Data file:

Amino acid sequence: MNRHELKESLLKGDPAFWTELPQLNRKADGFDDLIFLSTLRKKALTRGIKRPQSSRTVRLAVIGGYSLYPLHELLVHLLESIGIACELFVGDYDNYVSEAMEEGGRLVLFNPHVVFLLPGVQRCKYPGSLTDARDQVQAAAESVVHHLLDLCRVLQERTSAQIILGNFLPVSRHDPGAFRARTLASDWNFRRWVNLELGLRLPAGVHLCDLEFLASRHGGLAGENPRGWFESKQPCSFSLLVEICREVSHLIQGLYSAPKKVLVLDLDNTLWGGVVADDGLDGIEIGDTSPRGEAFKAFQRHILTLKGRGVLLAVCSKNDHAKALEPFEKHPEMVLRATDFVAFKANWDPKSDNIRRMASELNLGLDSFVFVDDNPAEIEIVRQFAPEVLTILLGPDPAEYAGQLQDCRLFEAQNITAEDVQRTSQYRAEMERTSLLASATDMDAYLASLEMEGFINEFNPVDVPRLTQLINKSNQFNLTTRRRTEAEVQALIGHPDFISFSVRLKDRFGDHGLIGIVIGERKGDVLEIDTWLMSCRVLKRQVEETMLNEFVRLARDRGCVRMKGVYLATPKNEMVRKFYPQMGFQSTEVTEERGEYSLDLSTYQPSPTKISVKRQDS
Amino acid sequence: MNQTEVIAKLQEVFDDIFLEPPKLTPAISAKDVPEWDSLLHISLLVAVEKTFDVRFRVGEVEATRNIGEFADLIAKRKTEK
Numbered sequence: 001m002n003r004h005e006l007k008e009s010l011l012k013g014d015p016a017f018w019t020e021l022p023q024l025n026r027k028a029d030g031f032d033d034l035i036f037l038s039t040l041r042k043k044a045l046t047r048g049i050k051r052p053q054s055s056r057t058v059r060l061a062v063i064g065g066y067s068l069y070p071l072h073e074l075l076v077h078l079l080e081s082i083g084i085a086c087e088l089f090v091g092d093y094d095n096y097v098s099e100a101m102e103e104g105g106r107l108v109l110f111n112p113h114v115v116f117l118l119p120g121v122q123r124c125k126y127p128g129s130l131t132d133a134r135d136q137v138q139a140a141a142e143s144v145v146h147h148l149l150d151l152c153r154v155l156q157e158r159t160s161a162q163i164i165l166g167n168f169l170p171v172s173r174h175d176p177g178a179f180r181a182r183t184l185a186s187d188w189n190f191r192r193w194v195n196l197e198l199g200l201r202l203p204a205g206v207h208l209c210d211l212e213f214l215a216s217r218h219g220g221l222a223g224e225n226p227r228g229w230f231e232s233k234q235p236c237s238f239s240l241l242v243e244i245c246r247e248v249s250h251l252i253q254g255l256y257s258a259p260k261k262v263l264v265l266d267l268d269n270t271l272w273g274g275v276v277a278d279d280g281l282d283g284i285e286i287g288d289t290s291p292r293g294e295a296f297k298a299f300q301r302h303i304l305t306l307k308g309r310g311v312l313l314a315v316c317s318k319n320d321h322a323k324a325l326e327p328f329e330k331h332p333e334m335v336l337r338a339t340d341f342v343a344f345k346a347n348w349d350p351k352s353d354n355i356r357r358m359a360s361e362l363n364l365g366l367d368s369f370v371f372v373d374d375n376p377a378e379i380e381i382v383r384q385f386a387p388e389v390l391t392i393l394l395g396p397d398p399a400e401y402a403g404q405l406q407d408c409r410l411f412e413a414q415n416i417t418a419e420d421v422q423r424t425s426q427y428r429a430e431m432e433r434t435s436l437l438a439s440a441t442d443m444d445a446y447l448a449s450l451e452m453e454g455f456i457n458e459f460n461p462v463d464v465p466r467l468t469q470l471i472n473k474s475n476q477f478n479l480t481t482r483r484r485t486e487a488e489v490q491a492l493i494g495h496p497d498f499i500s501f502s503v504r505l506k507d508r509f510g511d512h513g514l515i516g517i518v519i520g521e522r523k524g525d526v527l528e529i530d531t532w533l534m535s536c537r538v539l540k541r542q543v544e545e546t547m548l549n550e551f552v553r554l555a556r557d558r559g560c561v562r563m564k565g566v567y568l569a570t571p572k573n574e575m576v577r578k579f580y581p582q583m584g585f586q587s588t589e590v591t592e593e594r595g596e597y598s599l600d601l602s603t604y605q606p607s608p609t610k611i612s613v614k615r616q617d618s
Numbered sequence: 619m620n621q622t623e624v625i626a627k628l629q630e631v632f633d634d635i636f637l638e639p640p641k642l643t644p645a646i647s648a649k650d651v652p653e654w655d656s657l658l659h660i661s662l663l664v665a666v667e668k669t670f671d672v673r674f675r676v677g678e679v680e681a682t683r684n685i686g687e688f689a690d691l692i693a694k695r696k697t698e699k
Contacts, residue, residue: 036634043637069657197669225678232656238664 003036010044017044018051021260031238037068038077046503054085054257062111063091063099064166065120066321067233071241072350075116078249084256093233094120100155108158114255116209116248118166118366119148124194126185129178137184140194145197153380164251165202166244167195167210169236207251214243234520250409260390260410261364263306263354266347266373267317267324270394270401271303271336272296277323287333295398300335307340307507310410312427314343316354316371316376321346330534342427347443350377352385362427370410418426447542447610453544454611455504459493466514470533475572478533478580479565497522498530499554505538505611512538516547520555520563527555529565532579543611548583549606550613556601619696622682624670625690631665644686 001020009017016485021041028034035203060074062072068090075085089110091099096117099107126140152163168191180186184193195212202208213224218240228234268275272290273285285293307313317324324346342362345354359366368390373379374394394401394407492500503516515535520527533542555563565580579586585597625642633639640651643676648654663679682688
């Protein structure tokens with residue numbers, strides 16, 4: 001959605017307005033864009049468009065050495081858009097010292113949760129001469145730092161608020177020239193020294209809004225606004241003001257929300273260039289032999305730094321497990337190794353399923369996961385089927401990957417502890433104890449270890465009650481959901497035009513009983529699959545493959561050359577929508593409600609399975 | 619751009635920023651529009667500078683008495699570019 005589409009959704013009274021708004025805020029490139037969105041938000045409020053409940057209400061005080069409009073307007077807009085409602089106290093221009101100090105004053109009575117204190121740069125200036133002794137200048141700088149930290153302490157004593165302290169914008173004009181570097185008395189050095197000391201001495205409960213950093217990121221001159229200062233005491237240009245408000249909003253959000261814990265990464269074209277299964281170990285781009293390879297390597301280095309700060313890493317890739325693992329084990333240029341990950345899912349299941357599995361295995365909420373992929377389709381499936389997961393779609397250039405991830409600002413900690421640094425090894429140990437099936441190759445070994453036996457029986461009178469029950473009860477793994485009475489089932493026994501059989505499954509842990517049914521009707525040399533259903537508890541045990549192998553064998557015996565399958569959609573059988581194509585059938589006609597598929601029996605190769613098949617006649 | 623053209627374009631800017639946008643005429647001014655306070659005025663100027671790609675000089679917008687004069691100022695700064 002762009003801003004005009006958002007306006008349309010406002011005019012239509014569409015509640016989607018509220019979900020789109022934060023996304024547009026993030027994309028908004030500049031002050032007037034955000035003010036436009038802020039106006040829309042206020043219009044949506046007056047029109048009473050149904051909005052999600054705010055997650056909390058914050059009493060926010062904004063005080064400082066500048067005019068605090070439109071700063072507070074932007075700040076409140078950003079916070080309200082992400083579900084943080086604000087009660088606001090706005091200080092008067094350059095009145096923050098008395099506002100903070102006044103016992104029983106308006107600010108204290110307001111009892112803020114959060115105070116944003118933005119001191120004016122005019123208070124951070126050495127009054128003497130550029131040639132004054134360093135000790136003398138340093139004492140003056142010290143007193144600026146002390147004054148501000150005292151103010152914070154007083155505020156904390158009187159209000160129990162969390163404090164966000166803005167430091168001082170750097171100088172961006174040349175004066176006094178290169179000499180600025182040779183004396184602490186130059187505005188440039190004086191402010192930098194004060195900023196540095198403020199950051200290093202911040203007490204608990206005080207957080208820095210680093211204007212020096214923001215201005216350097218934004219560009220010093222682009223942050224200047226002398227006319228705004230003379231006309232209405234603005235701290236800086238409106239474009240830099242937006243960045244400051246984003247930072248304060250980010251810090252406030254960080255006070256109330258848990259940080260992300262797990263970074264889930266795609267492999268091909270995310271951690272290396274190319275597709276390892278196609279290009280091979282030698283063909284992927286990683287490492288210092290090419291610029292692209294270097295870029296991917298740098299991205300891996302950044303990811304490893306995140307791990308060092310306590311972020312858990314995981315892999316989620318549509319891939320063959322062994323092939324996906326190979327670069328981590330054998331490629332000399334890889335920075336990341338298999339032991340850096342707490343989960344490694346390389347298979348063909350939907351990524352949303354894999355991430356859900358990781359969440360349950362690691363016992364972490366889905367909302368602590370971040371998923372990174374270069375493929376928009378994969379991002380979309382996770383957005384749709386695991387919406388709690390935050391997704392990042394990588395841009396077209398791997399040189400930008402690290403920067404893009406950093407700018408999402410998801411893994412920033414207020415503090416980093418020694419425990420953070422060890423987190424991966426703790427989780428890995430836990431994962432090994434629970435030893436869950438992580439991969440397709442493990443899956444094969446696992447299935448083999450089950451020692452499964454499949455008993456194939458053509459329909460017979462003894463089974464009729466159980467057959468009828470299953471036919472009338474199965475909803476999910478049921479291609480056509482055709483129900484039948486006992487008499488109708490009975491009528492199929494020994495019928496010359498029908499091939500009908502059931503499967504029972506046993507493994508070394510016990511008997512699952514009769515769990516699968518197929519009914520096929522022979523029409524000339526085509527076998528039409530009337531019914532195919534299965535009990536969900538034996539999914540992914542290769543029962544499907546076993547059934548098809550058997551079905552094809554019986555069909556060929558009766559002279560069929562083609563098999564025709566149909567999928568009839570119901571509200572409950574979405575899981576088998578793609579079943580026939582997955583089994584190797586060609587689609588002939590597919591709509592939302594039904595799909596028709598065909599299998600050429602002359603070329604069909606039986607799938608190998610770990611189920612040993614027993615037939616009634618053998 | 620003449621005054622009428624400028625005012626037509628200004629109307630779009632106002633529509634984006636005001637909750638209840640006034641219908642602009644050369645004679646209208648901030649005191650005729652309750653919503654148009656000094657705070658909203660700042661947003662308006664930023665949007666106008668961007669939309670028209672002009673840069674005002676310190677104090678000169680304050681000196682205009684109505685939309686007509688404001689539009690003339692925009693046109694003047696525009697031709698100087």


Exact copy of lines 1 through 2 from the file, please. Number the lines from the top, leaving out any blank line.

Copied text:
Amino acid sequence: MNRHELKESLLKGDPAFWTELPQLNRKADGFDDLIFLSTLRKKALTRGIKRPQSSRTVRLAVIGGYSLYPLHELLVHLLESIGIACELFVGDYDNYVSEAMEEGGRLVLFNPHVVFLLPGVQRCKYPGSLTDARDQVQAAAESVVHHLLDLCRVLQERTSAQIILGNFLPVSRHDPGAFRARTLASDWNFRRWVNLELGLRLPAGVHLCDLEFLASRHGGLAGENPRGWFESKQPCSFSLLVEICREVSHLIQGLYSAPKKVLVLDLDNTLWGGVVADDGLDGIEIGDTSPRGEAFKAFQRHILTLKGRGVLLAVCSKNDHAKALEPFEKHPEMVLRATDFVAFKANWDPKSDNIRRMASELNLGLDSFVFVDDNPAEIEIVRQFAPEVLTILLGPDPAEYAGQLQDCRLFEAQNITAEDVQRTSQYRAEMERTSLLASATDMDAYLASLEMEGFINEFNPVDVPRLTQLINKSNQFNLTTRRRTEAEVQALIGHPDFISFSVRLKDRFGDHGLIGIVIGERKGDVLEIDTWLMSCRVLKRQVEETMLNEFVRLARDRGCVRMKGVYLATPKNEMVRKFYPQMGFQSTEVTEERGEYSLDLSTYQPSPTKISVKRQDS
Amino acid sequence: MNQTEVIAKLQEVFDDIFLEPPKLTPAISAKDVPEWDSLLHISLLVAVEKTFDVRFRVGEVEATRNIGEFADLIAKRKTEK